Hobby Boss 1/48 F8F-1 Bearcat

By John Bowdern


Many years ago, my brother presented me with a beautifully modelled F8F Bearcat for a birthday present. I still have that model today and every time I have looked at it over the years I promised myself that I would build one when the right kit came along. Well, it looks like the “right” kit has just arrived! Enthusiasts of the F8F Bearcat will be pleased to know that Hobby Boss has produced what appears to be a very nice sample of this tough little warbird.


Upon opening the box, I was immediately impressed with the care and attention given to the packaging of this kit. Front and rear sections of the canopy have been carefully wrapped in foam and sealed in separate bags, hence, no scratches from rubbing on each other. The cowl has also been sealed separately and each of these three items mentioned have been separated from the rest of the kit by a cardboard divider.



The external surfaces of the Bearcat have crisp recessed panel lines and equally impressive engraved rivet detail. The subject of engraved rivets has long been discussed and generally bemoaned amongst modellers, however, in my opinion, Hobby Boss has done a good job with these rivets. The mouldings are completely free from flash and appear to have no sink marks or ejector pin damage that requires “fixing” before assembly. The parts have all been moulded in light grey styrene and are laid out in a clear and logical manner.





An initial glance of the instructions indicates that putting this plane together should be quite straight forward. Construction begins with the cockpit which seems to have detail enough to please most modellers although one could add a few “extra bits” if one so desires. The instrument panel consists of a styrene sandwich with decals used to represent the instruments.


A couple of points worth noting at this stage include the detail that is provided on the engine side of the firewall and the fitting of rear fuselage bulkheads that support the tail wheel. Although the engine itself seems fairly basic in detail (which will not be a problem as it is largely hidden) one can assume that the rear section of the engine bay is visible through the wheel wells when this kit is complete. This engine bay detail along with the bulkheads and tail wheel need to be fitted prior to buttoning up the fuselage.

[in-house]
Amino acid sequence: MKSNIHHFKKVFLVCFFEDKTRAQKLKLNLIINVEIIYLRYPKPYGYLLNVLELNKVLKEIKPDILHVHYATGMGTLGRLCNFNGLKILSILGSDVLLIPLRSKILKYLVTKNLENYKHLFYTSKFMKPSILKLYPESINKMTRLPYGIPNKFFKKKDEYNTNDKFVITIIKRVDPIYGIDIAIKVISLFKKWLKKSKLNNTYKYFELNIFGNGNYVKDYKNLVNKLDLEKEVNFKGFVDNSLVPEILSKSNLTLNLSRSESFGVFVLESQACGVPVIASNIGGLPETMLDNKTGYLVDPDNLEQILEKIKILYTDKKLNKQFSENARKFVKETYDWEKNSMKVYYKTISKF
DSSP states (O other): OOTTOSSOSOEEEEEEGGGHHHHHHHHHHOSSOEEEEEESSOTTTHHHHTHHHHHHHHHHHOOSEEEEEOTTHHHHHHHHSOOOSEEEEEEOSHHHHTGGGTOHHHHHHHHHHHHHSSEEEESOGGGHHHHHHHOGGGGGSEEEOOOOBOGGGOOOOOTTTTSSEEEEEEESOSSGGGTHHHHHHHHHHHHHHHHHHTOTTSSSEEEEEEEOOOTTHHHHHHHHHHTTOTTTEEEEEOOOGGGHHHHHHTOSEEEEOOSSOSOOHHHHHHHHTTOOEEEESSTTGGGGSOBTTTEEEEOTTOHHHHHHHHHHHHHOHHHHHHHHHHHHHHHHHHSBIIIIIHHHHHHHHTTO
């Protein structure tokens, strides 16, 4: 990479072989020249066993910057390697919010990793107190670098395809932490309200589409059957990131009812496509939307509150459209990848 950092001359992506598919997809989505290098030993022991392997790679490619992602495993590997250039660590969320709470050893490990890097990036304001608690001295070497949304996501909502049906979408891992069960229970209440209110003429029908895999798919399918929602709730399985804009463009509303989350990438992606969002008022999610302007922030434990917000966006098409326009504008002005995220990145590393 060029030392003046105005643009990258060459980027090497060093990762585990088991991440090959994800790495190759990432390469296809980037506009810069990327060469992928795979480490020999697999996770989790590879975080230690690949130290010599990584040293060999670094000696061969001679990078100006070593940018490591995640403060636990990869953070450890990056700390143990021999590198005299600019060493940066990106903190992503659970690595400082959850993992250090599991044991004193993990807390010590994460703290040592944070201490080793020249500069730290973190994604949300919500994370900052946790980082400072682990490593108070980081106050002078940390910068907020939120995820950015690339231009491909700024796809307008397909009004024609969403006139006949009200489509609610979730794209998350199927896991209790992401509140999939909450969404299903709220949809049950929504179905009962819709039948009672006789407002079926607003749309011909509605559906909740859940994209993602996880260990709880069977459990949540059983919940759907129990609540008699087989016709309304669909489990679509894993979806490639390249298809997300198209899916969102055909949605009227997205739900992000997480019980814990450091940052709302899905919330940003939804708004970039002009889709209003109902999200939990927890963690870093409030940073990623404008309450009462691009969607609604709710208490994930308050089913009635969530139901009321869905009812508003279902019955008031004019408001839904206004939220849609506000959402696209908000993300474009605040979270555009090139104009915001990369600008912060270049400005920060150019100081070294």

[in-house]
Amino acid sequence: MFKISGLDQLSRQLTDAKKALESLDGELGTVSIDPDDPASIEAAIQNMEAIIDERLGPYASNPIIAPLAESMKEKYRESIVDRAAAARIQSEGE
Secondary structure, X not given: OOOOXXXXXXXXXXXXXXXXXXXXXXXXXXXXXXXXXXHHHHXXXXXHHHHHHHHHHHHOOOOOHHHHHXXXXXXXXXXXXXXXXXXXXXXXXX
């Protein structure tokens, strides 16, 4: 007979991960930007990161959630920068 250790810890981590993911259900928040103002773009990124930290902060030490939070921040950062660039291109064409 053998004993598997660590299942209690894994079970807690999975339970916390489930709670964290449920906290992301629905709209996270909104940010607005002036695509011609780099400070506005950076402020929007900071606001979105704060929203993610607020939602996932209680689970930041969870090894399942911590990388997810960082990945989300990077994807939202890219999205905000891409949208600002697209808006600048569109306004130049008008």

Hobby Boss has provided us with a folding wing option which simply requires running a blade along the engraved line in the wing to separate the inner and outer sections. I am unsure at this stage if I will go down that road with mine, however I will consider my options when the time arrives. If you intend to build the Bearcat without the “under wing bits” (rockets and tank) then you will need to take care of the pre-drilled holes in the bottom section of the wings prior to painting.

After adding the wings, one needs to fix the landing gear, cowl and canopy, rockets and a centreline tank plus a few small parts and it’s off to the spray booth!


The kit decals provide two options. You can choose from either the VF-3 flown by LT.A.M. “Mike” Granat, from 1946, or the 1949 “Beetle Bomb” as used by the Blue Angels. The decals appear to be very well done so I am hoping that I will not need to seek aftermarket replacements. Hobby Boss has catered for a large cross section of modellers by providing paint callouts in a variety of brands. These include Vallejo, Gunze, Model Master, Tamiya and Humbrol. This is a nice touch and should be the standard for all kit companies in my opinion as not all brands are available at your local Hobby Store.


So there it is. Sure, it may not be 100% accurate but to most people, it will look like a Bearcat. The wait has been long for a good 1/48 Bearcat and first impressions indicate that the wait has been worthwhile. Of course, the real test will be in the building of this kit but the affordable price and good detail of the moulded parts, augers well for a nice aeroplane to arise from the plastic. Hopefully I will have my bench clear soon as I am very keen to begin work on this one. In my opinion it would seem that we have a really good F8F Bearcat to add to our collections and I for one can’t wait to start. I might even add a few extras to this one to spice it up a little. Once construction starts I hope to be able to post a build report for those interested and let you know how it comes together. But in the meantime, I say, well done Hobby Boss!